EU Issues Overview – 9 – 15 April 2016 Thumbnail
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Newsletters 18 April 2016

EU Issues Overview – 9 – 15 April 2016

Data protection

EU: The General Data Protection Regulation has reached final approval after five years underway

  • On 14 April, Members of the European Parliament approve the General Data Protection Regulation (GDPR), which had been in negotiations over the last four years. Jan Philipp Albrecht (DE, Greens), main rapporteur on the file, stated that in his opinion, this adoption is a huge step forward for the European Union and fundamental rights in the EU […] and will help Europe’s digital market grow and maybe even dominate global data protection issues. Figures revealed that the GDPR has been the piece of legislation since the beginning of the European Union with the highest number of amendments in the European Parliament, amounting to 3,999. 
  • Two days before the full plenary vote, the GDPR was voted in Committee, 50 votes in favour to 3 votes against, with only one abstention in the Civil Liberties, Justice and Home Affairs Committee. Late Friday 8 April, the Council had put their stamp of approval to the GDPR. 
  • The Regulation must be implemented by national authorities by mid-2018, when Data Protection Authorities will begin to scrutinize companies for compliance, who could face fines up to 20 million euros, or 4 percent of their global sales for breach of the new rules.

EU: Stakeholders urge for good enforcement and alignment of the General Data Protection Regulation

  • With the approval of the General Data Protection Regulation by the European Parliament on 14 April (GDPR), the European Commission has now started the evaluation and review of the ePrivacy Directive, and lunched a public consultation on 11 April. The European Commission have announced a legislative proposal for December 2016. 
  • Stakeholders are pushing for a quick reform of the e-privacy rules, which have become outdated with the extension of the scope of the GDPR to new players such as internet providers, online services and intermediaries. 
  • In the meantime, stakeholders are being wary about how national privacy watchdogs will translate the General Data Protection Regulation into national law, despite its direct implementing nature as a regulation. In fact, important clauses of the regulation have either been left open to each Member State, such as the age threshold which ranges between 13 and 16 years old, and other clauses the European Commission will need to draft into delegated and implementing acts, such as the decisions on the so-called adequacy of privacy laws of non-EU countries.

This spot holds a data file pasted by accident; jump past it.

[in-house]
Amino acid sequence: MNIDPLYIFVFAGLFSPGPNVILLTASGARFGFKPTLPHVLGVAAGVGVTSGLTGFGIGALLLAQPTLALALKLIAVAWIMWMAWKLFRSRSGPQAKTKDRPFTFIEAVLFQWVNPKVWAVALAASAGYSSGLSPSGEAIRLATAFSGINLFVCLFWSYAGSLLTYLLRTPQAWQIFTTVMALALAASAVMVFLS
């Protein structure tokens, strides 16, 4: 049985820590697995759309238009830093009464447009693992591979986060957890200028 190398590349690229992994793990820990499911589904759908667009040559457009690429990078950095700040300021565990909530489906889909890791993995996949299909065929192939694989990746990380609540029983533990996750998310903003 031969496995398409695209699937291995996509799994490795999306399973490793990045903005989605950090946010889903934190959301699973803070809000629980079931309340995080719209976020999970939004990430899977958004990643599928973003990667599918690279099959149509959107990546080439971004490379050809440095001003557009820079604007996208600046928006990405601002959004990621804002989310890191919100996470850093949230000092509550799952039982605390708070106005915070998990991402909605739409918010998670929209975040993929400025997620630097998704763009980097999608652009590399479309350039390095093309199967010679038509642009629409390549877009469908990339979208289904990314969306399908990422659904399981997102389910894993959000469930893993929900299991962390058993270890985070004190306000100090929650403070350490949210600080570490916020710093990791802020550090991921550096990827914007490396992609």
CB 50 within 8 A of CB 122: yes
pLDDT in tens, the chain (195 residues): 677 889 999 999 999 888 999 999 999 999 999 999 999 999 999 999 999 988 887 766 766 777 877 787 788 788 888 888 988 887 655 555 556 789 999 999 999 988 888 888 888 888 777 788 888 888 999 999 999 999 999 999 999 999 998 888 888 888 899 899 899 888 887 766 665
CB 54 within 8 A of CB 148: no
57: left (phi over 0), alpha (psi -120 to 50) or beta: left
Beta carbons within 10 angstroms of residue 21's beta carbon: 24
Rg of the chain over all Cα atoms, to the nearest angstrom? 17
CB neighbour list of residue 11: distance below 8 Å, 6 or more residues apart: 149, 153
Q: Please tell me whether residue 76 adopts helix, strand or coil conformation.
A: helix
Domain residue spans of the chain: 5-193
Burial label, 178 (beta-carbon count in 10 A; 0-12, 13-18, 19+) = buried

EU: Article 29 Working Party gives a balanced assessment of the EU-US Privacy Shield

  • On 13 April, the EU’s Article 29 Working Party (WP29), representing the European Data Protection Authorities (DPA), published its long-awaited opinion on the proposed EU-US Privacy Shield draft adequacy decision. The WP29 welcomed the significant improvements contained in the Privacy Shield as a positive step forward, however deemed it unnecessarily complex, still lacking clarify with certain terms used inconsistently. Isabelle Falque-Pierrotin, Chair of the French data protection authority (CNIL), urged the Commission to identify appropriate solutions to existing concerns and provide clarifications to improve the draft adequacy decision and ensure equal levels of protection in the US and the EU, although not being a binding opinion. 
  • On the commercial aspects, the WP29 have specifically criticized that some key EU data protection principles are not sufficiently reflected in the Privacy Shield or have been “inadequately substituted by alternative notions”. Other concerns are that the recourse mechanisms available to EU data subjects are deemed too complex, i.e. national data protection authorities should be data subjects’ first contact point.